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Report To The People

Railroad Authority To Buy Old IC Line

By Tommy Reynolds

The highlight of legislative action for me last week was the passage of House Bill 1537, which provides a $30 million bond to support an eight-county railroad authority for the rail service that runs through Yalobusha, Tallahatchie, and Grenada counties.
The bond will be used for the acquisition of the rail line that runs from Memphis to just north of Canton, known as the “Old Illinois Central Line.” That line had been previously acquired by Grenada Railway LLC, which had proposed permanent abandonment of the line south of Grenada. Permanent abandonment of this rail would greatly undermine the economic viability of the remaining line and hurt economic development prospects for the entire region served by it.
HB 1537 will allow the North Central Mississippi Railroad Authority to authorize operation of the line by another company that has been in negotiations for the purpose of operating the railway at its full capacity. Being able to transfer ownership of the line will help insure that it is preserved. If this deal is successful, the rail line will pay back the bonds within 15 years of issuance, under the terms of the measure.
Rail is an essential component of commerce. It moves volumes of freight efficiently, economically and in an environmentally sound system. More than many methods of transport, rail often spans the shortest route from Point A to Point B, saving both time and money.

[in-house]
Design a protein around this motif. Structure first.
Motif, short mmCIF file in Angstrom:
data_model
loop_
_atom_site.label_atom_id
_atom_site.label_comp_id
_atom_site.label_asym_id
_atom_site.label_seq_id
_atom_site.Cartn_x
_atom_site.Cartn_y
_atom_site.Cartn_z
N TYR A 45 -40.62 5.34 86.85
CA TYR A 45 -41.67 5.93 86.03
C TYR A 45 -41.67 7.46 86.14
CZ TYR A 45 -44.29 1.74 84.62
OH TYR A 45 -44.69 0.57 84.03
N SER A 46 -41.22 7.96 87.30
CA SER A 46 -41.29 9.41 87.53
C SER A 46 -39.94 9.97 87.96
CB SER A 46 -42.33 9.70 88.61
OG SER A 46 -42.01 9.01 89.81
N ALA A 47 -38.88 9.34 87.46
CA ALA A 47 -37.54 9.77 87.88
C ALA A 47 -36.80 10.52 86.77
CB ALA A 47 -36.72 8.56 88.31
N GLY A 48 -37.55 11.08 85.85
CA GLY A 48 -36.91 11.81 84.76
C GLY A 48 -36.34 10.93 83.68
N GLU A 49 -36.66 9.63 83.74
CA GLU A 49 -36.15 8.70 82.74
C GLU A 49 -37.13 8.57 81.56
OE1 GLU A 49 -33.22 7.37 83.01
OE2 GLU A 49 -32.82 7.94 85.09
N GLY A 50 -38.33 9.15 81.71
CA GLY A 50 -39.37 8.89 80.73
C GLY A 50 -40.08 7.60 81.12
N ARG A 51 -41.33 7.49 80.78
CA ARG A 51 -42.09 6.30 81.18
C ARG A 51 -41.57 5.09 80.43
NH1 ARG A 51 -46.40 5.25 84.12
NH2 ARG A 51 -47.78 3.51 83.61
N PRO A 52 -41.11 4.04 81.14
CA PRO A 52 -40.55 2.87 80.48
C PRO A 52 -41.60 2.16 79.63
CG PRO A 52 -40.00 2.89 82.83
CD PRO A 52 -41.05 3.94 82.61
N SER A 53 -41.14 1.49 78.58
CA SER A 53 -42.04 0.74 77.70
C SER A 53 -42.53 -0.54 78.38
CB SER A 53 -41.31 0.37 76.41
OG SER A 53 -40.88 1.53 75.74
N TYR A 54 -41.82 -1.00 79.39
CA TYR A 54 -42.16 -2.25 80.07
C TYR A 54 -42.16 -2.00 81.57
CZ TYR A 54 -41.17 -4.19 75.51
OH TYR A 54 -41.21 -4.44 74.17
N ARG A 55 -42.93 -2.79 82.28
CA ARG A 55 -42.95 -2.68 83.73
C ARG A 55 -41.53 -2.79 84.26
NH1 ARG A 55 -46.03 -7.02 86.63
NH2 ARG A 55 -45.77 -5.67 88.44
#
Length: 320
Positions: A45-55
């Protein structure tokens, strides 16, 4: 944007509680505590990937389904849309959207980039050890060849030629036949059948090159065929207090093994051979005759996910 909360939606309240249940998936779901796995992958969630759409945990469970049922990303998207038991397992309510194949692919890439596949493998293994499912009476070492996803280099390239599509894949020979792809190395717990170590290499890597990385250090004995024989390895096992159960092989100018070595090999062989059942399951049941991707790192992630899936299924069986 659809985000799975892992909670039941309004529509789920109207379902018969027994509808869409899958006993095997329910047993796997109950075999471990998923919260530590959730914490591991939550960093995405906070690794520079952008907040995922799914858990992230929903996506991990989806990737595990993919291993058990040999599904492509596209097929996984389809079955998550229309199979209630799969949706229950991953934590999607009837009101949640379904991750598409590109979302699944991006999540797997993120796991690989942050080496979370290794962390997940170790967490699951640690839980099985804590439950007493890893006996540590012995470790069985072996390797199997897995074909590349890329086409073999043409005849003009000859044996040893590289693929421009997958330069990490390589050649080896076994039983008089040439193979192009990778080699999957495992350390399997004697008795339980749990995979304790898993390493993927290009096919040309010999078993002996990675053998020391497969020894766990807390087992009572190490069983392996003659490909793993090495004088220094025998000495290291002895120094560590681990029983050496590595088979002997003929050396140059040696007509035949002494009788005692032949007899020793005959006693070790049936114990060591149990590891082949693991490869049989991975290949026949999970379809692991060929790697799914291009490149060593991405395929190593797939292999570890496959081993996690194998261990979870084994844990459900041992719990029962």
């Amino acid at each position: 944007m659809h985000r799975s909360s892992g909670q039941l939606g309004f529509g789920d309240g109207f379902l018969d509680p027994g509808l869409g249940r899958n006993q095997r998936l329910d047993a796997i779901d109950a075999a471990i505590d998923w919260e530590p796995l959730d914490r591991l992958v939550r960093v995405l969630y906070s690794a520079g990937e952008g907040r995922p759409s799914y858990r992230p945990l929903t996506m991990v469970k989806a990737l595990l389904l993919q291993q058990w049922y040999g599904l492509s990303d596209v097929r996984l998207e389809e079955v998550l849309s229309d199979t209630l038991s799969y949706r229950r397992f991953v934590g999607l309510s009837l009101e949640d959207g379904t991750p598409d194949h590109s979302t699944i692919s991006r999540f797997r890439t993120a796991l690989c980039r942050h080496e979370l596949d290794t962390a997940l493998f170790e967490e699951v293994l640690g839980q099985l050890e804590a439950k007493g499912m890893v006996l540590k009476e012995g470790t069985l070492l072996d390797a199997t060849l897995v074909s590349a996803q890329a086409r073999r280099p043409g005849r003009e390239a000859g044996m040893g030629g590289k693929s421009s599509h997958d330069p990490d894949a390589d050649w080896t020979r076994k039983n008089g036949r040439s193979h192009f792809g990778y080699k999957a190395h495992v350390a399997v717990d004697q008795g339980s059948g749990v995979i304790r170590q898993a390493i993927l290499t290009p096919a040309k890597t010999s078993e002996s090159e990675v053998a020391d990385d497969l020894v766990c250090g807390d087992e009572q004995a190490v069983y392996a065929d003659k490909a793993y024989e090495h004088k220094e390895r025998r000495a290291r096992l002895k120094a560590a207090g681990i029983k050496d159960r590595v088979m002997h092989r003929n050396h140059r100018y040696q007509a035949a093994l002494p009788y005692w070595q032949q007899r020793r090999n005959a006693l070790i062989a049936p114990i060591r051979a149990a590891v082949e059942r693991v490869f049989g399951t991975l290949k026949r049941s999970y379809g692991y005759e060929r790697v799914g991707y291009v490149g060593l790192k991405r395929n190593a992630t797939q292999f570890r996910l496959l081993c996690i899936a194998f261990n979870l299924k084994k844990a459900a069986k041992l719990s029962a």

Loss of only one mile of rail in our state is a betrayal of the future generation’s ability to count on this irreplaceable infrastructure asset as an underpinning of their communities.
I have been strongly supportive of the efforts to preserve this rail line. Once stable ownership and accessibility of the railway is secured through the bond funding, our merchants and manufacturers along the route will be able to move their product and order essential supplies, and, we can expect that new industry will be attracted to our area as well. This is an important tool in our development tool belt.
Our area is ripe for additional economic projects, and by maintaining our rail service and other essential infrastructure, we should be better able to attract meaningful development.
This session has seen a number of important economic development measures considered and passed, and I’ve been pleased to have co-sponsored a number of them. The Mississippi Main Street Investment Act, which will provide loans to rural towns to revitalize their downtown areas is one such measure. There is also consideration of a bill that provides grants for infrastructure and public property repairs through the Small Municipalities and Limited Population Counties fund, a limited bond program for capital improvements for our community and junior colleges, and a bond program for our state parks to help them repair and restore these family-oriented recreation assets.
Each of these measures has been the result of teamwork among those of us in the House who recognize that by supporting our rural and smaller municipalities, we will be guaranteeing the ability of our young people to stay home in Mississippi if they want to, and realize a full, productive life.

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